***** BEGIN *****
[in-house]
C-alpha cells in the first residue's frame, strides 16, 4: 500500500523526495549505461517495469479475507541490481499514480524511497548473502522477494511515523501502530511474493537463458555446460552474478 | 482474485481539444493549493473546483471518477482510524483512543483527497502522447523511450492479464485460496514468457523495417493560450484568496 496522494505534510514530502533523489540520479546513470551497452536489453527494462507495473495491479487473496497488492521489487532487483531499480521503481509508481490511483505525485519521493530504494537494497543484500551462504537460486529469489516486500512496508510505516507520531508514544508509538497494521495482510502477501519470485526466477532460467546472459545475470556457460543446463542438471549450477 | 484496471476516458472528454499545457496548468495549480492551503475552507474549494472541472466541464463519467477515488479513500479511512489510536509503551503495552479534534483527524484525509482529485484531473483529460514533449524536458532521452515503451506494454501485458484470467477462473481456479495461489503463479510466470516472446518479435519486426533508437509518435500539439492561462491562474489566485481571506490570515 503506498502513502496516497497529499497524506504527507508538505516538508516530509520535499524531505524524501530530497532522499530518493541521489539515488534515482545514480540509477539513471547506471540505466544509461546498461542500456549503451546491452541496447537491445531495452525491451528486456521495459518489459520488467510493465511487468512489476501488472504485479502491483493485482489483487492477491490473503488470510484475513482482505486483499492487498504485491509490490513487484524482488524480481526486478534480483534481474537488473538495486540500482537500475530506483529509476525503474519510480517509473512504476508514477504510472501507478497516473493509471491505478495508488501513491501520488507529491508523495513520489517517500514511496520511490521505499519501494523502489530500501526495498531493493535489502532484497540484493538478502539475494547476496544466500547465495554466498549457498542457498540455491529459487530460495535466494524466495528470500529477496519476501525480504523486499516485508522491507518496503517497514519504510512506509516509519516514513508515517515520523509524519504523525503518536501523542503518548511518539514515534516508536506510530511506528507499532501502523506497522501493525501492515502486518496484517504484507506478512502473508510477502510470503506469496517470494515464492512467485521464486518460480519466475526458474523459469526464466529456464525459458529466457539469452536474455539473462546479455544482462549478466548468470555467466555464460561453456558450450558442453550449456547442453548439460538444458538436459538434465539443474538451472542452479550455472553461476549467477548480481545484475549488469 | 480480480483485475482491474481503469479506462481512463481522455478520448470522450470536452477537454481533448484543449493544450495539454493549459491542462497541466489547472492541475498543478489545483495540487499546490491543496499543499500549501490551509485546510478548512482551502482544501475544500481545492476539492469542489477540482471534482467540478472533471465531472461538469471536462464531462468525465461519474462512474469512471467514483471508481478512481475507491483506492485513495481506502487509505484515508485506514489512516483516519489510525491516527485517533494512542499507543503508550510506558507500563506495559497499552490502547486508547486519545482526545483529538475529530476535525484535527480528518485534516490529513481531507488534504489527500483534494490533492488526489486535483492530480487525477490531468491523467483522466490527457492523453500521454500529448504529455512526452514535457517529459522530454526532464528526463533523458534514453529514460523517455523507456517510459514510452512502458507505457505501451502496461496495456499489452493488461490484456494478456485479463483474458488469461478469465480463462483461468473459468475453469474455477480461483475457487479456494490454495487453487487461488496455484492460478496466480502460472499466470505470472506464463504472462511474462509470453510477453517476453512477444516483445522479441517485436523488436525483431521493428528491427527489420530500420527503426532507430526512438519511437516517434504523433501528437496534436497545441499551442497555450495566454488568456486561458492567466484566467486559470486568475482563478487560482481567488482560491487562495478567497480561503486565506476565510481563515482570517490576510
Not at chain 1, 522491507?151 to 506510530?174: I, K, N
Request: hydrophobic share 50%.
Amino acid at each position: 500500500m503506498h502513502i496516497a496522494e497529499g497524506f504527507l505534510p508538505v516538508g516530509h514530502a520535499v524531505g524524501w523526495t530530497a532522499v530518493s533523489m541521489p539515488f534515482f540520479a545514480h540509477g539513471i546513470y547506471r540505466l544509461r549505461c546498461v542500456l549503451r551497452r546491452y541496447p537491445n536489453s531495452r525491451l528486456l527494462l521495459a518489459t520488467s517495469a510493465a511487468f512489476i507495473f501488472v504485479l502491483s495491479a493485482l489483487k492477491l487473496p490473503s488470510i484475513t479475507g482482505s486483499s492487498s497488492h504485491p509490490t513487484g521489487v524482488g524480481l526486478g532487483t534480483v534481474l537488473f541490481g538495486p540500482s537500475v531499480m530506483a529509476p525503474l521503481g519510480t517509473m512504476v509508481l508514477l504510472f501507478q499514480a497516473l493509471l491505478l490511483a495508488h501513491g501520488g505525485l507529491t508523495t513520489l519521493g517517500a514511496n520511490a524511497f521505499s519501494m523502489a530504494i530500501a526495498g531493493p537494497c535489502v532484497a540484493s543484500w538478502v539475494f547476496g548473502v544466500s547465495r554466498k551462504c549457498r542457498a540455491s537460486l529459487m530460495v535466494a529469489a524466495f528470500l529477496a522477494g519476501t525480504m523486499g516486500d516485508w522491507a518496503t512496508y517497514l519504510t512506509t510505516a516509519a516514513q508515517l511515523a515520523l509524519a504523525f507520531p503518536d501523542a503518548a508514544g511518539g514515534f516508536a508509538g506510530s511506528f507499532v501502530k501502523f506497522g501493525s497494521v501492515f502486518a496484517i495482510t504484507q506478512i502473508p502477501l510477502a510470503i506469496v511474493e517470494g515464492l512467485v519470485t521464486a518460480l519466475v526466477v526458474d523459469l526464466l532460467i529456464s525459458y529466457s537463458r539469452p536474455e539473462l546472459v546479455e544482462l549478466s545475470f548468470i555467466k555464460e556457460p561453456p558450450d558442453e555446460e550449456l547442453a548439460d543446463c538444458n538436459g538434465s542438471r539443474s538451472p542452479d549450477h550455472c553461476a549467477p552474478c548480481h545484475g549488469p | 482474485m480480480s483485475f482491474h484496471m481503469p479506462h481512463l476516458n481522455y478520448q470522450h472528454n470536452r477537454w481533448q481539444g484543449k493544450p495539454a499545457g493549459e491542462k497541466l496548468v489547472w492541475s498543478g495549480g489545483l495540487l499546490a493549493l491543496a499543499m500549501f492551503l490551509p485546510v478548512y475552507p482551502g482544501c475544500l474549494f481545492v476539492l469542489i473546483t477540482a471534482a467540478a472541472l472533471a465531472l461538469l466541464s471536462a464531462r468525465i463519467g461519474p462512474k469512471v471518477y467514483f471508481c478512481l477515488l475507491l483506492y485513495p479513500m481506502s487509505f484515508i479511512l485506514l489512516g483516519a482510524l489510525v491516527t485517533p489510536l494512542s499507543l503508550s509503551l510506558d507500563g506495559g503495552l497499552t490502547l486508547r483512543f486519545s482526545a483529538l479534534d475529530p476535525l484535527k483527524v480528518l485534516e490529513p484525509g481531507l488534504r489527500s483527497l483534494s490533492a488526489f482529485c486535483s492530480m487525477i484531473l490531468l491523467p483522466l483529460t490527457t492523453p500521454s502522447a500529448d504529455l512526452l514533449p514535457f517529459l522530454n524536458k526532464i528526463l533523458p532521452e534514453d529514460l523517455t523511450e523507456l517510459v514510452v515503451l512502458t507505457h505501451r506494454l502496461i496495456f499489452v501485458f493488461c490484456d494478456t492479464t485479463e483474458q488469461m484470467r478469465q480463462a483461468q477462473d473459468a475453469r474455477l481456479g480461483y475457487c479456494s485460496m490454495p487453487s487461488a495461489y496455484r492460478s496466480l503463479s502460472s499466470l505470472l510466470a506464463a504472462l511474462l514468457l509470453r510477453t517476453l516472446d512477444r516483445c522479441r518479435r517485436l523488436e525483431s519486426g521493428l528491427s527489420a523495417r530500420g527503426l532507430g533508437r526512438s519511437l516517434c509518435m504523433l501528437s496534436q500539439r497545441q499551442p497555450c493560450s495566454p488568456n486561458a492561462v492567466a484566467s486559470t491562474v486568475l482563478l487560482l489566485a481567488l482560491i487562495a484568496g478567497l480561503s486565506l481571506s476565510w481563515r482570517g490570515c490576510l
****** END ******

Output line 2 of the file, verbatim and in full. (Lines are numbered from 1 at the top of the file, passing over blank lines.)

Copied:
C-alpha cells in the first residue's frame, strides 16, 4: 500500500523526495549505461517495469479475507541490481499514480524511497548473502522477494511515523501502530511474493537463458555446460552474478 | 482474485481539444493549493473546483471518477482510524483512543483527497502522447523511450492479464485460496514468457523495417493560450484568496 496522494505534510514530502533523489540520479546513470551497452536489453527494462507495473495491479487473496497488492521489487532487483531499480521503481509508481490511483505525485519521493530504494537494497543484500551462504537460486529469489516486500512496508510505516507520531508514544508509538497494521495482510502477501519470485526466477532460467546472459545475470556457460543446463542438471549450477 | 484496471476516458472528454499545457496548468495549480492551503475552507474549494472541472466541464463519467477515488479513500479511512489510536509503551503495552479534534483527524484525509482529485484531473483529460514533449524536458532521452515503451506494454501485458484470467477462473481456479495461489503463479510466470516472446518479435519486426533508437509518435500539439492561462491562474489566485481571506490570515 503506498502513502496516497497529499497524506504527507508538505516538508516530509520535499524531505524524501530530497532522499530518493541521489539515488534515482545514480540509477539513471547506471540505466544509461546498461542500456549503451546491452541496447537491445531495452525491451528486456521495459518489459520488467510493465511487468512489476501488472504485479502491483493485482489483487492477491490473503488470510484475513482482505486483499492487498504485491509490490513487484524482488524480481526486478534480483534481474537488473538495486540500482537500475530506483529509476525503474519510480517509473512504476508514477504510472501507478497516473493509471491505478495508488501513491501520488507529491508523495513520489517517500514511496520511490521505499519501494523502489530500501526495498531493493535489502532484497540484493538478502539475494547476496544466500547465495554466498549457498542457498540455491529459487530460495535466494524466495528470500529477496519476501525480504523486499516485508522491507518496503517497514519504510512506509516509519516514513508515517515520523509524519504523525503518536501523542503518548511518539514515534516508536506510530511506528507499532501502523506497522501493525501492515502486518496484517504484507506478512502473508510477502510470503506469496517470494515464492512467485521464486518460480519466475526458474523459469526464466529456464525459458529466457539469452536474455539473462546479455544482462549478466548468470555467466555464460561453456558450450558442453550449456547442453548439460538444458538436459538434465539443474538451472542452479550455472553461476549467477548480481545484475549488469 | 480480480483485475482491474481503469479506462481512463481522455478520448470522450470536452477537454481533448484543449493544450495539454493549459491542462497541466489547472492541475498543478489545483495540487499546490491543496499543499500549501490551509485546510478548512482551502482544501475544500481545492476539492469542489477540482471534482467540478472533471465531472461538469471536462464531462468525465461519474462512474469512471467514483471508481478512481475507491483506492485513495481506502487509505484515508485506514489512516483516519489510525491516527485517533494512542499507543503508550510506558507500563506495559497499552490502547486508547486519545482526545483529538475529530476535525484535527480528518485534516490529513481531507488534504489527500483534494490533492488526489486535483492530480487525477490531468491523467483522466490527457492523453500521454500529448504529455512526452514535457517529459522530454526532464528526463533523458534514453529514460523517455523507456517510459514510452512502458507505457505501451502496461496495456499489452493488461490484456494478456485479463483474458488469461478469465480463462483461468473459468475453469474455477480461483475457487479456494490454495487453487487461488496455484492460478496466480502460472499466470505470472506464463504472462511474462509470453510477453517476453512477444516483445522479441517485436523488436525483431521493428528491427527489420530500420527503426532507430526512438519511437516517434504523433501528437496534436497545441499551442497555450495566454488568456486561458492567466484566467486559470486568475482563478487560482481567488482560491487562495478567497480561503486565506476565510481563515482570517490576510